Shade-loving plants with style are hard enough to find without added worry about their pet-friendliness. For a made-for-the-shade shrub with dramatic year-round architectural interest, tropical flair and absolutely nothing for the family cat to fear, consider Fatsia japonica. Commonly known as Japanese aralia, this striking shrub grows in partial to full shade across U.S. Department of Agriculture plant hardiness zones 8 though 10 and as an indoor cat-safe plant elsewhere.
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Protecting Puss from Herself with Cat-safe Plants
As many as 1 of every 3 house cats occasionally treats the local vegetation as a salad bar. Some do it out of boredom, some may do it to relieve a tummy ache or loosen a hairball, and many do it for reasons known only to cats. It is believed that cats often find plants tasty; that they may enjoy the textures and might even be intrigued by the movements of leaves and fronds in the breeze.
Whatever kitty's motivation, you can't watch your pet every minute, so having nonpoisonous cat-safe plants is the next best thing. Unless sprayed with toxic bug-, disease- or weed-controlling chemicals, Japanese aralia is harmless to nibbling cats, dogs and people.
That Fantastic Foliage
Picture lustrous, deeply lobed green leaves so heavy -- at up to 16 inches wide -- that they force their sturdy stems to curve, twist and eventually droop to the ground, and you have Japanese aralia. The genus name Fatsia from an archaic Japanese word for "eight" presumably reflects each hand-shaped leaf's seven to nine lobes. Tack on the additional common name of "glossy-leaved paper plant" and you'll understand that Japanese aralia is all about its foliage. White-stalked clumps of small, creamy flowers covering its branch ends in fall and winter give way to clusters of round, black nontoxic spring berries. Consider them afterthoughts and plant this evergreen for its open, spreading habit and bold, bright leaves.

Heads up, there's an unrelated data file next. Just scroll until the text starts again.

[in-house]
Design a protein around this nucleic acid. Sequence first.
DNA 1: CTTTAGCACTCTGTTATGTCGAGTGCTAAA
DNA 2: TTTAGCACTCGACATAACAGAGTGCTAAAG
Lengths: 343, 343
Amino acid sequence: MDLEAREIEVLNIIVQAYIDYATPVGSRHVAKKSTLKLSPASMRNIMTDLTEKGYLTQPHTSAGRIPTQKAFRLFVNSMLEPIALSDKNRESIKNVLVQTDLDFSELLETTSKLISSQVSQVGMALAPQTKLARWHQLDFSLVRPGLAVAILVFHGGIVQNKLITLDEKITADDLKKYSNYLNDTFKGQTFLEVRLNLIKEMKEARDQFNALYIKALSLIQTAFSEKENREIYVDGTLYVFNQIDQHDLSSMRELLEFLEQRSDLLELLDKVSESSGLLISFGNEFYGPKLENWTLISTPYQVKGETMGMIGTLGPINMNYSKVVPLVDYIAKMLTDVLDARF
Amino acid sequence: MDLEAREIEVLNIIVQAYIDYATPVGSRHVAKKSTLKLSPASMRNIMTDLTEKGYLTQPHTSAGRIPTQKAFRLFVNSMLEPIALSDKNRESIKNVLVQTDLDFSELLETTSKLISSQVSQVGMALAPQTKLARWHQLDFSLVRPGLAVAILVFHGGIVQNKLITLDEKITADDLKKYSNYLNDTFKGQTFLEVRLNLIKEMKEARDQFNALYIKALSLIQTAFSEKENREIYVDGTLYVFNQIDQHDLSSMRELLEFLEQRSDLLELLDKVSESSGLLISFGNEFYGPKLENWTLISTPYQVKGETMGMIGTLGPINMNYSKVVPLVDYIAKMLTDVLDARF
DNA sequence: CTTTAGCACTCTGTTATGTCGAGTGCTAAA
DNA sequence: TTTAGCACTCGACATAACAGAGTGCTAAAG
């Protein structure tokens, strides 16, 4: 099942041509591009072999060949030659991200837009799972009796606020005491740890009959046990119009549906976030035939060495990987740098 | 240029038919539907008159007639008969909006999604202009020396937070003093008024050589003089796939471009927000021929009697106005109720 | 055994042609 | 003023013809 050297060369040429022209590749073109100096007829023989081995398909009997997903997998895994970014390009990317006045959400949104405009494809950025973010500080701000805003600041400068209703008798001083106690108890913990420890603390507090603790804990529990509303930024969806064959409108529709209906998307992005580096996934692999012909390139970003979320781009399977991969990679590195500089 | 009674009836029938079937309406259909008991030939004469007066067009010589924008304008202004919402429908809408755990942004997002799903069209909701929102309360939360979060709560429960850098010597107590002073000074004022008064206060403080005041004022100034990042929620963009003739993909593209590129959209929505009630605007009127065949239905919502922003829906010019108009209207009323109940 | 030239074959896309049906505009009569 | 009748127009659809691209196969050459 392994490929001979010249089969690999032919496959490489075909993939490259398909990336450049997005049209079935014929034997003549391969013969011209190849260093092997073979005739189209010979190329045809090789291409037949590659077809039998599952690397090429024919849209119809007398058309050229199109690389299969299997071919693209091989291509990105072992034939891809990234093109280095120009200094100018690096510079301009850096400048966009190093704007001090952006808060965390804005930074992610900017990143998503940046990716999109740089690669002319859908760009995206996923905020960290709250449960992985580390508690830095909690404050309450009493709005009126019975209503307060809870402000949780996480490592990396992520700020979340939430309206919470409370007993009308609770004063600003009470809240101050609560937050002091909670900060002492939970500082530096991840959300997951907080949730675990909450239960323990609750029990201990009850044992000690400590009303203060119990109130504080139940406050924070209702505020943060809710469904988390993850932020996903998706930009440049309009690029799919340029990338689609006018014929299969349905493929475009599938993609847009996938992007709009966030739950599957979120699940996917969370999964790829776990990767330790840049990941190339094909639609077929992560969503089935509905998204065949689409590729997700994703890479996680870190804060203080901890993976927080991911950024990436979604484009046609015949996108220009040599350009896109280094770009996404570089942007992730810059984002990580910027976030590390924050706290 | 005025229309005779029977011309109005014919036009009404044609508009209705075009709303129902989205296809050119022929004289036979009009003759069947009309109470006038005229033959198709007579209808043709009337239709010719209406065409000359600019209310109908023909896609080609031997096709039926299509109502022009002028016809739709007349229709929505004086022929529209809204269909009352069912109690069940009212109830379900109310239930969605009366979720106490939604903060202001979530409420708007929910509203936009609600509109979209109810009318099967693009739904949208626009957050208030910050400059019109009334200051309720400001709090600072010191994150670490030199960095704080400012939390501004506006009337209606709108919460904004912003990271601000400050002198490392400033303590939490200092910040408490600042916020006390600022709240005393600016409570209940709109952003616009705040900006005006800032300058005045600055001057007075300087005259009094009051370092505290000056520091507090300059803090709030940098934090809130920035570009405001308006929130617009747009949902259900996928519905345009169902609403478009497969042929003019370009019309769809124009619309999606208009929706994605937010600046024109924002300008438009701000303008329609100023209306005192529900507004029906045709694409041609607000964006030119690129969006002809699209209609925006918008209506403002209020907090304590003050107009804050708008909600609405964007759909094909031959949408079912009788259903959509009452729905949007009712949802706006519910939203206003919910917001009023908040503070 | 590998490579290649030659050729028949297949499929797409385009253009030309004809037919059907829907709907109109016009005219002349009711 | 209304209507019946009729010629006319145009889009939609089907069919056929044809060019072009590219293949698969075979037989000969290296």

Picking Your Spot
Japanese aralia doesn't ask much in the way of care, but it does insist on partial to full shade, shelter from winter winds and plenty of room to grow. In the right location, with moist, acidic organically rich soil, expect it to reach 6 to 10 feet high with an equal spread. In rare instances, the plants reach 16 feet. Once established, they spread by suckers. Kitty might see an aralia forest as the perfect place to lie in wait before pouncing, but unless you dig up the suckers as they appear, this cat-safe plant eventually outgrows its designated boundaries.
Removing Temptation of Cat-safe Plants
Even though munching on cat-safe plants such as Japanese aralia won't poison your cat, it's never wise to let a pet wander around snacking at will. A stray leaf or splintered twig could easily lodge in kitty's throat or intestines.
If you can't put your plant out of kitty's reach, simply make it less appealing. Try spraying plants your cat finds irresistible with water, then sprinkling them with cayenne pepper as a deterrent. Cats find citrus flavors completely distasteful, so dilute some orange, lime or lemon juice with a little water and spritz chewable plants with the concoction. Or consider giving kitty her own plant. Distract her from her undesirable nibbling with a nice pot of cat grass, such as a blend of wheat, rye and barley. Cat grass is available commercially, or give growing your own a shot.